I always look forward to seeing a new show by San Francisco artist Ferris Plock. On the one hand, I know what to expect because his signature style of modernized mischievous characters depicted in the style of traditional Japanese ukiyo-e woodblocks is so unique. On the other hand, Plock always manages to add enough twists and turns to his new work that it always appears fresh and alive.
Currently Plock has his third solo exhibition at the Shooting Gallery open for viewing. Using house paint, wood stains, gouache, and gold foil, the artist creates the highly detailed paintings with eccentric energetic characters gesturing, growling or madly staring into the distance. A distinctive feature in these new paintings is the spiritual aura which derives from the gold leaf halos that adorn the figures.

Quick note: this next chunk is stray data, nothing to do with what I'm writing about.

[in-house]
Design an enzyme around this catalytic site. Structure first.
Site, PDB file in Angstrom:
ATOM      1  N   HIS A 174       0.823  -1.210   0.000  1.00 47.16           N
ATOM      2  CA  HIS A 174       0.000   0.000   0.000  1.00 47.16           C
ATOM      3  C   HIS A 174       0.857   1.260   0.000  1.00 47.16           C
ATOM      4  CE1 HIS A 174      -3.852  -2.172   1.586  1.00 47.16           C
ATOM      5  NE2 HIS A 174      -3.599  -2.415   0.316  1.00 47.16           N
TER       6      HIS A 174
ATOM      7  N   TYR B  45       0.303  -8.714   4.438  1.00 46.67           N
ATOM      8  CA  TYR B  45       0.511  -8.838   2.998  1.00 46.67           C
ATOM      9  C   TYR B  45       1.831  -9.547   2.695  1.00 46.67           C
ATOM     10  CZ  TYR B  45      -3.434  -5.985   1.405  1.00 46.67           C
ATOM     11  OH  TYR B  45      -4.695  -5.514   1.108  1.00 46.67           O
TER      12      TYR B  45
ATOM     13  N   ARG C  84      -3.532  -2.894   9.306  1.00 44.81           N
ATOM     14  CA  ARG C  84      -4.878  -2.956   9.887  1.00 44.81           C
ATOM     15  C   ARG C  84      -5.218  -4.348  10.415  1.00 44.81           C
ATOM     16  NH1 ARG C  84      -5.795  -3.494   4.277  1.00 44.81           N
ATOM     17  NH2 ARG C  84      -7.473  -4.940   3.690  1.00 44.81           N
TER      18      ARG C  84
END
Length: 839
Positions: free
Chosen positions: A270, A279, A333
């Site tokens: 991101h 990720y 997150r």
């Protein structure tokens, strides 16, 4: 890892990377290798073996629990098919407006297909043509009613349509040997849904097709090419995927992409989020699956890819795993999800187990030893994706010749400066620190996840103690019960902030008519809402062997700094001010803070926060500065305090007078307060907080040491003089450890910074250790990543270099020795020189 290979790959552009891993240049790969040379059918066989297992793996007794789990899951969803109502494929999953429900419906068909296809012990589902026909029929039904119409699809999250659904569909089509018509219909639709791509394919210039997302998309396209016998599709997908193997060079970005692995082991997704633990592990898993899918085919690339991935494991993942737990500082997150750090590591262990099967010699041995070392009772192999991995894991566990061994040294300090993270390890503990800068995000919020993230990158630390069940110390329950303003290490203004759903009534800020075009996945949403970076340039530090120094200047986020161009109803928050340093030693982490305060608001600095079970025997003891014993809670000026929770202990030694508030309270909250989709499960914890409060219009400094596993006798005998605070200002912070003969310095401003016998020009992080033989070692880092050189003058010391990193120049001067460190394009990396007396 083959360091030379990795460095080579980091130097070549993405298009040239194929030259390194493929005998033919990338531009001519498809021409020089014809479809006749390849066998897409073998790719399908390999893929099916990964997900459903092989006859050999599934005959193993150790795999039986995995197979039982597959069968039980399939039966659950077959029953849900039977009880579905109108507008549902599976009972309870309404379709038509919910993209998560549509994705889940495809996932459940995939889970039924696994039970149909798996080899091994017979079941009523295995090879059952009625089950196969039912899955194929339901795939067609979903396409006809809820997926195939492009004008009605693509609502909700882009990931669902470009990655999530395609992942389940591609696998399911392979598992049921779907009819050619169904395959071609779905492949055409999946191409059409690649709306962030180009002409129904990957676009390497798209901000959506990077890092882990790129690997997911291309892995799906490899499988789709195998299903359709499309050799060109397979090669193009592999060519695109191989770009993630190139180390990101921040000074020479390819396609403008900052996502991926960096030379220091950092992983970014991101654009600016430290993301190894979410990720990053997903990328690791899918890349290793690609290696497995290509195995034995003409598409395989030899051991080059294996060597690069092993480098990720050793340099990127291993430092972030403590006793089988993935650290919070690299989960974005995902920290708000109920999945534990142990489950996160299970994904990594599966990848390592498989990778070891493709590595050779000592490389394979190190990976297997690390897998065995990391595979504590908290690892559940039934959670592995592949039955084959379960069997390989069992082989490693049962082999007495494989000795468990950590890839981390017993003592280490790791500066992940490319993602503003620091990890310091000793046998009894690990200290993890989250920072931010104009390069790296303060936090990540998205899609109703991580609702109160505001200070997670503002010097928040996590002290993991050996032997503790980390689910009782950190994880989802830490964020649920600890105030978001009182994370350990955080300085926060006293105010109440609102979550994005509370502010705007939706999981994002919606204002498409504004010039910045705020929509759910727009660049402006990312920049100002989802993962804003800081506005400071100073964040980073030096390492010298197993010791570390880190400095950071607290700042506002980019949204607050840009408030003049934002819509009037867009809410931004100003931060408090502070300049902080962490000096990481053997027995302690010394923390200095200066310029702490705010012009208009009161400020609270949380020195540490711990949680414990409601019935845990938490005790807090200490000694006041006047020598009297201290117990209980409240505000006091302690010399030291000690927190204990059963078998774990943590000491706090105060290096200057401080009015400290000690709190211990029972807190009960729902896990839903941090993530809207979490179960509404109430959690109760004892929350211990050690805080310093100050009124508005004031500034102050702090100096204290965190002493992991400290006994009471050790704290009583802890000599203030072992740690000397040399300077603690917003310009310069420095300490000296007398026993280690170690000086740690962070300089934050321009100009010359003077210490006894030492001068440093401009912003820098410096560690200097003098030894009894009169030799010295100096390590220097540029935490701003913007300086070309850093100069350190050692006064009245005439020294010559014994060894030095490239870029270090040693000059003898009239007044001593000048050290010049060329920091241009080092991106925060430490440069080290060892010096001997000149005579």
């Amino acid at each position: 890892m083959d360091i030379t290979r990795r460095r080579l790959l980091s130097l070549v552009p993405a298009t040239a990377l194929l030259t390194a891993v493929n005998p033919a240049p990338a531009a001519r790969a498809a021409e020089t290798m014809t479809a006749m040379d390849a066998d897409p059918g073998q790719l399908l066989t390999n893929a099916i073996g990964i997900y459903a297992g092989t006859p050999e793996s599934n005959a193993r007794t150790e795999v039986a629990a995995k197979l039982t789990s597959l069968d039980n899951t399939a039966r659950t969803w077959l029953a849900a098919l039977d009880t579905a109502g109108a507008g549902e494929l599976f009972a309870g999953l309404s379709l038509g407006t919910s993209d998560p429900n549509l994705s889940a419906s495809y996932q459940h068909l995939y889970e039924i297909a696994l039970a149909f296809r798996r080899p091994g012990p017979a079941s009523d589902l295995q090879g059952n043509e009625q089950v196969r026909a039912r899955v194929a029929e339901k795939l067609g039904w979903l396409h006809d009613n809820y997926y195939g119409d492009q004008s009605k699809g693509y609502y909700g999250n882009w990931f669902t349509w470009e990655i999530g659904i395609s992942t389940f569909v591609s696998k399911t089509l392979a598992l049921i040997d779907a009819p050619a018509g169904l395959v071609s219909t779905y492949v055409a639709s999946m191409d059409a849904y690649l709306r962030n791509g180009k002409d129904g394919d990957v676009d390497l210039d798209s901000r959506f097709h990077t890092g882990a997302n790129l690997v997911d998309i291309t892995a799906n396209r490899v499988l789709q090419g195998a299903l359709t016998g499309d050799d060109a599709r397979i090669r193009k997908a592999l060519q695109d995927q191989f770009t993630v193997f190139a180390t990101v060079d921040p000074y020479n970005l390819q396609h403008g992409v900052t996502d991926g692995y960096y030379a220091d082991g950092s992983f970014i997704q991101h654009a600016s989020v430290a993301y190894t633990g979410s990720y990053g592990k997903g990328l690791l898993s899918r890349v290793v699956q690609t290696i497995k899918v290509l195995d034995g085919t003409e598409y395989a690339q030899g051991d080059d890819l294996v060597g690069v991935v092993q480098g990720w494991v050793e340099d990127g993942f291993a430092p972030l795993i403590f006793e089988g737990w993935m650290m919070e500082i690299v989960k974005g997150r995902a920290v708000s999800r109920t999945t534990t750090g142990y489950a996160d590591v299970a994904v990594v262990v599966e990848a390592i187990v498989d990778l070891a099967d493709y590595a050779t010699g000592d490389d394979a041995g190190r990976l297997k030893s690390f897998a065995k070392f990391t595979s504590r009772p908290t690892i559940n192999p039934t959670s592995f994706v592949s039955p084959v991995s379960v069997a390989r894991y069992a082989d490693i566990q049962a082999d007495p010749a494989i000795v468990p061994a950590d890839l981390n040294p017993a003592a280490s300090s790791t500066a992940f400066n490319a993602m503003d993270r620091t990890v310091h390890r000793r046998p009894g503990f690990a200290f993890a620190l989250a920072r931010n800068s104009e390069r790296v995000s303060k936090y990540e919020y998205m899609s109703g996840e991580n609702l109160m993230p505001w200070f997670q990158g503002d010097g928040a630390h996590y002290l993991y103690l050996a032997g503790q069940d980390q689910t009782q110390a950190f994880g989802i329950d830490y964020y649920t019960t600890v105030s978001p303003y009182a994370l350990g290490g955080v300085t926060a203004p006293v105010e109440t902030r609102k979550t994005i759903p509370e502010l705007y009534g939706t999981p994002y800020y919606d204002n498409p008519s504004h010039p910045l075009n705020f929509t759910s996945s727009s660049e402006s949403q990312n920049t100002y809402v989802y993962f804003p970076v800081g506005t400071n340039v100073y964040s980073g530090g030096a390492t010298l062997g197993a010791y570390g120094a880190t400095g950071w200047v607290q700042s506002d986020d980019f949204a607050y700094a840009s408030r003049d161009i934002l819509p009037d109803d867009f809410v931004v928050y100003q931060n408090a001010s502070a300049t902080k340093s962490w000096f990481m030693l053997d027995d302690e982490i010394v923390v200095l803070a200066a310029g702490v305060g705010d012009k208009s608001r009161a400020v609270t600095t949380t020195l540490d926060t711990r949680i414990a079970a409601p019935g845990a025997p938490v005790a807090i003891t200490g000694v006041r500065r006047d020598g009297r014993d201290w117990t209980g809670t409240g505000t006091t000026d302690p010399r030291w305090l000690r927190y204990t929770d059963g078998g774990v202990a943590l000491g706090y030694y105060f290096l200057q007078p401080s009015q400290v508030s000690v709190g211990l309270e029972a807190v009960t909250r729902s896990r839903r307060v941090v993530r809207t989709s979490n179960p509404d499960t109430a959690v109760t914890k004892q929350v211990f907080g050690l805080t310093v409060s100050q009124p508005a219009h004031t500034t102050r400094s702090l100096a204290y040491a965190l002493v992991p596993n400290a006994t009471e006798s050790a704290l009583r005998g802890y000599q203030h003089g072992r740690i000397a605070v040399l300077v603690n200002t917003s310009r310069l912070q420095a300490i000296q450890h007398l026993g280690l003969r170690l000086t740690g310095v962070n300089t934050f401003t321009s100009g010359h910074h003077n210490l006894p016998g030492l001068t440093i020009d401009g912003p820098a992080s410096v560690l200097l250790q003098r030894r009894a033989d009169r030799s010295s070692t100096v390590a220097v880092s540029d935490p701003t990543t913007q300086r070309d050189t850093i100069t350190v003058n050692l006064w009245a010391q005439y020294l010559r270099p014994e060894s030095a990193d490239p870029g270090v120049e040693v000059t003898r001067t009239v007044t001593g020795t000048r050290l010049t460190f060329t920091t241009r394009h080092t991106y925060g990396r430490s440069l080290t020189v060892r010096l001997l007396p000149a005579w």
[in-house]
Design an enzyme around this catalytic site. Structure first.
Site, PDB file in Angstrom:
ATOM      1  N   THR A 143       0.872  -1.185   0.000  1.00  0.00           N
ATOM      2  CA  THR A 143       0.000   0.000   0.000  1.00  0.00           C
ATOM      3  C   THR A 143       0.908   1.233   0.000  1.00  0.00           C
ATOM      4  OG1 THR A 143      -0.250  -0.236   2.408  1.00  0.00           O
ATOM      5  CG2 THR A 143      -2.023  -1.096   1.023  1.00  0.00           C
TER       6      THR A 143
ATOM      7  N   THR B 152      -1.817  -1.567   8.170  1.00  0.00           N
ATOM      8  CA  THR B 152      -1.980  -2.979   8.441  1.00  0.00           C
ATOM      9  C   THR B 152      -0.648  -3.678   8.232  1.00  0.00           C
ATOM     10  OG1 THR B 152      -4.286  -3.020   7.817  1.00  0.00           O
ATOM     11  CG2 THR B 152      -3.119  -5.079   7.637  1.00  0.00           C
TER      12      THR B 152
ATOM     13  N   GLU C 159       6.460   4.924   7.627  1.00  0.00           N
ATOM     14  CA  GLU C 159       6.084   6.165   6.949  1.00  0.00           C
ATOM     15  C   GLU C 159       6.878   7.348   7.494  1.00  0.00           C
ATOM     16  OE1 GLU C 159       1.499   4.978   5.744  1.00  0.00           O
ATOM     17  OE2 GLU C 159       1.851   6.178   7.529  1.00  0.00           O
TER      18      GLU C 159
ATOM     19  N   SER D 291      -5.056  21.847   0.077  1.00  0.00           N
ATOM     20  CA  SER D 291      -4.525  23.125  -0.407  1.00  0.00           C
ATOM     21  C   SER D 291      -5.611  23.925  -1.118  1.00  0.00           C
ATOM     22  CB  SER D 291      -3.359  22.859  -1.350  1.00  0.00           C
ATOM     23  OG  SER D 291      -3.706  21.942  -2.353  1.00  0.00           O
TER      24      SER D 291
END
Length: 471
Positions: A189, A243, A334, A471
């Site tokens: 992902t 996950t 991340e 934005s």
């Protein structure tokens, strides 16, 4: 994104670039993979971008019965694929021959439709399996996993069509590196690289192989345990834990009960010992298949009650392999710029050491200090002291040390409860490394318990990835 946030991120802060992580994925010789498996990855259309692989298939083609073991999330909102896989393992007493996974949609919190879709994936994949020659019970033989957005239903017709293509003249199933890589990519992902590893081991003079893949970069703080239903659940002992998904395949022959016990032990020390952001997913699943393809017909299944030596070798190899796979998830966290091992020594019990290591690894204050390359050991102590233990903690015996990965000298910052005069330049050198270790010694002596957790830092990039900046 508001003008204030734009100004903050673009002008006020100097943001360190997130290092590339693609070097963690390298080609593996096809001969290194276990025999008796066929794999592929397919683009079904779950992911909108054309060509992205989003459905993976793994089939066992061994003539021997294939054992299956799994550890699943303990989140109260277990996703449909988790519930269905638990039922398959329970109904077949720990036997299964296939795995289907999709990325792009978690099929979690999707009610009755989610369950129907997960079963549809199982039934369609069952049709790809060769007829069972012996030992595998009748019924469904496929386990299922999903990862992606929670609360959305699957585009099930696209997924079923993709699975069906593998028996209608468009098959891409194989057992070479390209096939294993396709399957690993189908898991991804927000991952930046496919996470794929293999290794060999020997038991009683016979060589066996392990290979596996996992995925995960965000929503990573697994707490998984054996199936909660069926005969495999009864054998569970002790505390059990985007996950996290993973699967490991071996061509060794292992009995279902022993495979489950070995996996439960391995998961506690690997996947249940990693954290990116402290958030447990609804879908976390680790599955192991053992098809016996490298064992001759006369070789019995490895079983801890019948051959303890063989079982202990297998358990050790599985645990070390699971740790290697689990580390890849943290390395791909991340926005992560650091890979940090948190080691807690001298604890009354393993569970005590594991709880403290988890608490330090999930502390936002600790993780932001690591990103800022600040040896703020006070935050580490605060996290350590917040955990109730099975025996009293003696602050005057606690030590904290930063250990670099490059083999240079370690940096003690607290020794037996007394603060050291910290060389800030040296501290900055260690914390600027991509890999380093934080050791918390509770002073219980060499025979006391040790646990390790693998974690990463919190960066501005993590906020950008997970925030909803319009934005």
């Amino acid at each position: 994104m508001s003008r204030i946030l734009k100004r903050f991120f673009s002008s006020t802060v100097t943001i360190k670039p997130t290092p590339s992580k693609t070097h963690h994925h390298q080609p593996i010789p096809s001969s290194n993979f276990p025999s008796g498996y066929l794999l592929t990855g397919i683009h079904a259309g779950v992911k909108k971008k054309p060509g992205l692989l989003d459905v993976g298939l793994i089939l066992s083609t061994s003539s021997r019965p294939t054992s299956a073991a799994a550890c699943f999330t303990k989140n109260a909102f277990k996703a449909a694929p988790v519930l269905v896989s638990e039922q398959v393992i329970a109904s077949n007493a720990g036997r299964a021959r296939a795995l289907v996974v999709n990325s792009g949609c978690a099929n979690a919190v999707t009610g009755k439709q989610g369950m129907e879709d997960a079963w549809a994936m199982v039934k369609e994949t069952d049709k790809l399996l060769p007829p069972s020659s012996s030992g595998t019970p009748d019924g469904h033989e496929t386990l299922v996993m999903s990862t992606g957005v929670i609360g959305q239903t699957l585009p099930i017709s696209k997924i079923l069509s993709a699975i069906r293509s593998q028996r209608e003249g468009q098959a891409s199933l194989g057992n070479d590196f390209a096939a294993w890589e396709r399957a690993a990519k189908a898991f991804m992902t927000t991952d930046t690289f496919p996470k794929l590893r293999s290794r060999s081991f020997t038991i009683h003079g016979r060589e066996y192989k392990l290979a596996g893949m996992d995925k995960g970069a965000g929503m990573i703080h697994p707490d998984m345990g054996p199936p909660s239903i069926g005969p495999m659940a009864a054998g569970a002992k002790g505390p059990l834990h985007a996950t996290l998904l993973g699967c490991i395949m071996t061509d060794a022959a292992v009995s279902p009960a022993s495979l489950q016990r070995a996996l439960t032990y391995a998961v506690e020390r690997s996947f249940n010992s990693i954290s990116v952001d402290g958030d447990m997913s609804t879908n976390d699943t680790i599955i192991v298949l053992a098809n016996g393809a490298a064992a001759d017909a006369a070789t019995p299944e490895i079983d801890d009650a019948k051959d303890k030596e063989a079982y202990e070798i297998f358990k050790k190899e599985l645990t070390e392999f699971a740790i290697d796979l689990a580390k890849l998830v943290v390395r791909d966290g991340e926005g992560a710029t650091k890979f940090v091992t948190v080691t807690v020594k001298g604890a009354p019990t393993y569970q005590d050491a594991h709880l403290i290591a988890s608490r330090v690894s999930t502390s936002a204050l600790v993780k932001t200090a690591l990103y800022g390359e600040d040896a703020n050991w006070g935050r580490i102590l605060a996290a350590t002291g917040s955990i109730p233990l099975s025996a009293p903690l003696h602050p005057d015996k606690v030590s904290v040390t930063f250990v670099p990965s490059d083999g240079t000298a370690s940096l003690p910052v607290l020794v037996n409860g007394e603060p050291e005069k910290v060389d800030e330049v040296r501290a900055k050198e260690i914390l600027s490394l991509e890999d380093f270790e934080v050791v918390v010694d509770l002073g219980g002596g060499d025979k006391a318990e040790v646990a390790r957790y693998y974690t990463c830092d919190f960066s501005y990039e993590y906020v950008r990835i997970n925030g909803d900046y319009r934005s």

When asked in an interview with the Shooting Gallery about the new pious quality of his latest work, Plock responded, “The halos are on placed on characters who are transitioning from one state to another. The halos symbolize the religious family I was born into and had to come to terms with. As a child, my family had this strange metamorphosis of sorts where everyone of us kind of fell out of our Christian belief system… music really became the soul of our household. In these paintings you still see the figures holding things dear to them in their arms as their personal totems and icons. Traditionally, icons are staring at the viewer and I chose to have each of these characters distracted and searching…listening. So they are traditional pious characters who are transitioning to another form of spirituality.”
“Carry On” by Ferris Plock will be showing at the Shooting Gallery in San Francisco through November 3rd, 2012.